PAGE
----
International Social Theory Consortium 18-19 June 2015
This conference may be of interest to subscribers. The theme of “Reconstruction” is welcome. It begins to look as though “social theorists” are rediscovering the real world after some decades of what Ernest Gellner called “the tidal wave of cheap relativism that threatens to swamp the coming fin de millénaire‘ (and did swamp it). Some figurational contributions would thus be timely. Abstracts have to be submitted by 15 March.
14th Annual Conference of the International Social Theory Consortium
Cambridge, UK, 18-19 June, 2015
RECONSTRUCTING SOCIAL THEORY, HISTORY AND PRACTICE
CALL FOR PAPERS
With regard to developments in social theory, the past 30 years can be characterized as an Age of Deconstruction. Inspired by post-structuralism, post-modernism, critical theory, and science studies, as well as combinations of related approaches, theorists have endeavoured to shatter historical meta-narratives and struggled to include previously excluded standpoints in social thought. This important trend no doubt has informed our understanding of the role of discourse, difference and expertise in determining relations of power and inequality.
The central theme of the 2015 annual meeting of the International Social Theory Consortium (ISTC) will be “Reconstruction”, dedicated to taking account of and interrogating the possibility of picking up the pieces. Are there limits to the deconstruction project, and have these limits been reached? What are the possibilities for the ‘reconstruction’ of narratives of long-term historical change? Is it possible to include and integrate the insights and contribution of various critiques of knowledge, while at the same time developing new forms of knowledge? Can we submit the project of deconstruction itself to deconstruction?
Essential to such a project of “deconstructing deconstruction” would be a return to history—acknowledging its continuing importance as a social-theoretical category and frame, considering its persistent utility after decades of sobering realizations, and accepting the fact that, by most accounts, history has not reached its end. How would social science disciplines – e.g. economics – benefit from new perspectives on understanding long-term change? What might, could and should a new philosophy of history – subsequent to so many ‘turns’ – look like? What are the possibilities for practice in addressing social justice and democracy, with the benefit or in the absence of long-term historical consciousness?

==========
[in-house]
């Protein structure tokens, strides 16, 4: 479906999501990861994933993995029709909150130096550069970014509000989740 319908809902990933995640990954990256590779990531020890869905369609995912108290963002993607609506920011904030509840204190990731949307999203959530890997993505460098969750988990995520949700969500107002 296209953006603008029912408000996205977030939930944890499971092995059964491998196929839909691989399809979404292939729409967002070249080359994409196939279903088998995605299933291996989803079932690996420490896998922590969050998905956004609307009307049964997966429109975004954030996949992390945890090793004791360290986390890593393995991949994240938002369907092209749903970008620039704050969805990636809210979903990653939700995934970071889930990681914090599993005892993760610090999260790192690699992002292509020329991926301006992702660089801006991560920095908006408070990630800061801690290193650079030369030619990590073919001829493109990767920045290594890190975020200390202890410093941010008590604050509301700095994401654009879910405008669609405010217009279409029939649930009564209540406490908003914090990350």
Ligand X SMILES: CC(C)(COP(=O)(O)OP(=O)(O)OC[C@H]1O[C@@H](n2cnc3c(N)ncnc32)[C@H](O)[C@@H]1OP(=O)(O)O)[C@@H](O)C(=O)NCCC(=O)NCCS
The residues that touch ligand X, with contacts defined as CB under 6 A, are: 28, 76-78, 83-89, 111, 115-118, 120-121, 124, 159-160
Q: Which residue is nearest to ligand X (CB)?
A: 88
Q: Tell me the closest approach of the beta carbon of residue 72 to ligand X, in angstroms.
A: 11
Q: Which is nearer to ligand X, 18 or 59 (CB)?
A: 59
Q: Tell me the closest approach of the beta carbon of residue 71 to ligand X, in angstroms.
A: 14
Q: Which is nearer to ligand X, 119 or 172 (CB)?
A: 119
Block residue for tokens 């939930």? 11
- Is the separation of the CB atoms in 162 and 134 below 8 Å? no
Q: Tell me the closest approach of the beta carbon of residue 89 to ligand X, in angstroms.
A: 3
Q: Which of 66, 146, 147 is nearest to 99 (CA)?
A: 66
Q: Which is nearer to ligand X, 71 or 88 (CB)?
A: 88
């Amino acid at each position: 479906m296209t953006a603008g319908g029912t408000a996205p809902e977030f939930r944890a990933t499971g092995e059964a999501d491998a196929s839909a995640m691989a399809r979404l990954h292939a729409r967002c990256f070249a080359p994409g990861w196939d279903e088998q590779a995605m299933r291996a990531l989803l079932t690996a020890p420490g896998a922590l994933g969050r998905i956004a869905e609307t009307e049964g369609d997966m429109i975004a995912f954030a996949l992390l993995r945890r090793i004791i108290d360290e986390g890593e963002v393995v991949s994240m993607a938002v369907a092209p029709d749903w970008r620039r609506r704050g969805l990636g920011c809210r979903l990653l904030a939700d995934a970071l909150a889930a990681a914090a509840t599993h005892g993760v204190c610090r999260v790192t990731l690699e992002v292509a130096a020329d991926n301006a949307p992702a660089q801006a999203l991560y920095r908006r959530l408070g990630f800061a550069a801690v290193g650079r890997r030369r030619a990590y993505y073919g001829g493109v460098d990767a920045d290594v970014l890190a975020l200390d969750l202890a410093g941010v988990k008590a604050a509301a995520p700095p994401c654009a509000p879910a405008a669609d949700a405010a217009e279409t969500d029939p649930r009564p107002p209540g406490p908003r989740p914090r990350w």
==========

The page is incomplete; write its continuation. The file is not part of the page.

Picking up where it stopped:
While conference continues the ISTC’s tradition of encouraging…
Submission of abstract proposals on the entire range of topics under the general heading of social theory
…and we especially look forward to receiving submissions that…
- Frame contributions in terms of Reconstruction
- Relate existing research agendas and projects to Reconstruction
- Directly address the theme of Reconstruction
> Philosophy of History in an Age of Deconstruction
> Reconstructing Theories of the State and Politics
> The Limits, Horizons and Possibilities of Critique
> Knowledge, Authority and Expertise
> Historicizing Social Theory
> Reconstructing the (His)Story of Modern Societies
> Social Theory as the Link between the Past and the Future
> Social Theory after/beyond the Human
Please email abstracts to email@example.com no later than 15 March 2015.
Eric R. Lybeck, Department of Sociology, Cambridge University
Harry F. Dahms, Department of Sociology, University of Tennessee-Knoxville
Please feel free to address any questions or concerns to Eric Lybeck (firstname.lastname@example.org) or Harry Dahms (email@example.com)
Last edited on:01,May 2017 12:26:56 by